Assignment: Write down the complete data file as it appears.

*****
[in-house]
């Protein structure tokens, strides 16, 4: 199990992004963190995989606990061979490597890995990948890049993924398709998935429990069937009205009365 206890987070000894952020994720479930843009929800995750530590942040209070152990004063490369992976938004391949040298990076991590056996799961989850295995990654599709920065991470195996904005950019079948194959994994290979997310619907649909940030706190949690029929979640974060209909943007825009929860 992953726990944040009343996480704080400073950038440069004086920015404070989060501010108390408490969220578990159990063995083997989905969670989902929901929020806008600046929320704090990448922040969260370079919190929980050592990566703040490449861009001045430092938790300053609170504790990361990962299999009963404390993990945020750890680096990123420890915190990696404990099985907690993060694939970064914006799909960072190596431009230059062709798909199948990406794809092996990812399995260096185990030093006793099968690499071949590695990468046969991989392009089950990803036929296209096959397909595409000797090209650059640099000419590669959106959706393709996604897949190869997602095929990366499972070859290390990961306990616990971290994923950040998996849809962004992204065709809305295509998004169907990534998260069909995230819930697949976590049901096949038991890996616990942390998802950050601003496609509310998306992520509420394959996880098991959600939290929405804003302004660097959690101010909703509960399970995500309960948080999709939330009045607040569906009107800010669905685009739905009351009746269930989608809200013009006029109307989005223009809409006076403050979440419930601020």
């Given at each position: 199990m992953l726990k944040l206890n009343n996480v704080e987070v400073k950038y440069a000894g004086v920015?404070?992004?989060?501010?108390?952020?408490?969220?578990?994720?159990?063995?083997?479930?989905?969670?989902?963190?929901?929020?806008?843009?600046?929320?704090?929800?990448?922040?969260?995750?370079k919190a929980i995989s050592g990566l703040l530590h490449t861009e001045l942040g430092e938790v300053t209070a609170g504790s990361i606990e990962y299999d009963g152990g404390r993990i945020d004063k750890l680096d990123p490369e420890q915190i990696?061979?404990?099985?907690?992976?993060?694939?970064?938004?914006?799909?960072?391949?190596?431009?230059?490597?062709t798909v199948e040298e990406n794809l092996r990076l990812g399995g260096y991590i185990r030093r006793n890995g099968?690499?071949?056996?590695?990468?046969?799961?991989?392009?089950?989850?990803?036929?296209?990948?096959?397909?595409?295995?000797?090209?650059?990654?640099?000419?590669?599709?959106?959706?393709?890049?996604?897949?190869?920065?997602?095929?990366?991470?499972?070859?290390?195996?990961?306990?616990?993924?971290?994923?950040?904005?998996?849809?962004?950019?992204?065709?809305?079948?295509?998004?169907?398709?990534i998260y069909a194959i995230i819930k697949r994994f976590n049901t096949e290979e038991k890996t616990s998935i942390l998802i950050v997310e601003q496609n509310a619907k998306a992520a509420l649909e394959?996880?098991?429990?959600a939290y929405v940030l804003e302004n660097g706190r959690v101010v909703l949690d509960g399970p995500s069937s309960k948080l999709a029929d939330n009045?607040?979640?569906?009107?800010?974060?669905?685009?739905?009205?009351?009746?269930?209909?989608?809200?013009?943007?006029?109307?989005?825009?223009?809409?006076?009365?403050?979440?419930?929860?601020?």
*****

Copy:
[in-house]
């Protein structure tokens, strides 16, 4: 199990992004963190995989606990061979490597890995990948890049993924398709998935429990069937009205009365 206890987070000894952020994720479930843009929800995750530590942040209070152990004063490369992976938004391949040298990076991590056996799961989850295995990654599709920065991470195996904005950019079948194959994994290979997310619907649909940030706190949690029929979640974060209909943007825009929860 992953726990944040009343996480704080400073950038440069004086920015404070989060501010108390408490969220578990159990063995083997989905969670989902929901929020806008600046929320704090990448922040969260370079919190929980050592990566703040490449861009001045430092938790300053609170504790990361990962299999009963404390993990945020750890680096990123420890915190990696404990099985907690993060694939970064914006799909960072190596431009230059062709798909199948990406794809092996990812399995260096185990030093006793099968690499071949590695990468046969991989392009089950990803036929296209096959397909595409000797090209650059640099000419590669959106959706393709996604897949190869997602095929990366499972070859290390990961306990616990971290994923950040998996849809962004992204065709809305295509998004169907990534998260069909995230819930697949976590049901096949038991890996616990942390998802950050601003496609509310998306992520509420394959996880098991959600939290929405804003302004660097959690101010909703509960399970995500309960948080999709939330009045607040569906009107800010669905685009739905009351009746269930989608809200013009006029109307989005223009809409006076403050979440419930601020």
């Given at each position: 199990m992953l726990k944040l206890n009343n996480v704080e987070v400073k950038y440069a000894g004086v920015?404070?992004?989060?501010?108390?952020?408490?969220?578990?994720?159990?063995?083997?479930?989905?969670?989902?963190?929901?929020?806008?843009?600046?929320?704090?929800?990448?922040?969260?995750?370079k919190a929980i995989s050592g990566l703040l530590h490449t861009e001045l942040g430092e938790v300053t209070a609170g504790s990361i606990e990962y299999d009963g152990g404390r993990i945020d004063k750890l680096d990123p490369e420890q915190i990696?061979?404990?099985?907690?992976?993060?694939?970064?938004?914006?799909?960072?391949?190596?431009?230059?490597?062709t798909v199948e040298e990406n794809l092996r990076l990812g399995g260096y991590i185990r030093r006793n890995g099968?690499?071949?056996?590695?990468?046969?799961?991989?392009?089950?989850?990803?036929?296209?990948?096959?397909?595409?295995?000797?090209?650059?990654?640099?000419?590669?599709?959106?959706?393709?890049?996604?897949?190869?920065?997602?095929?990366?991470?499972?070859?290390?195996?990961?306990?616990?993924?971290?994923?950040?904005?998996?849809?962004?950019?992204?065709?809305?079948?295509?998004?169907?398709?990534i998260y069909a194959i995230i819930k697949r994994f976590n049901t096949e290979e038991k890996t616990s998935i942390l998802i950050v997310e601003q496609n509310a619907k998306a992520a509420l649909e394959?996880?098991?429990?959600a939290y929405v940030l804003e302004n660097g706190r959690v101010v909703l949690d509960g399970p995500s069937s309960k948080l999709a029929d939330n009045?607040?979640?569906?009107?800010?974060?669905?685009?739905?009205?009351?009746?269930?209909?989608?809200?013009?943007?006029?109307?989005?825009?223009?809409?006076?009365?403050?979440?419930?929860?601020?």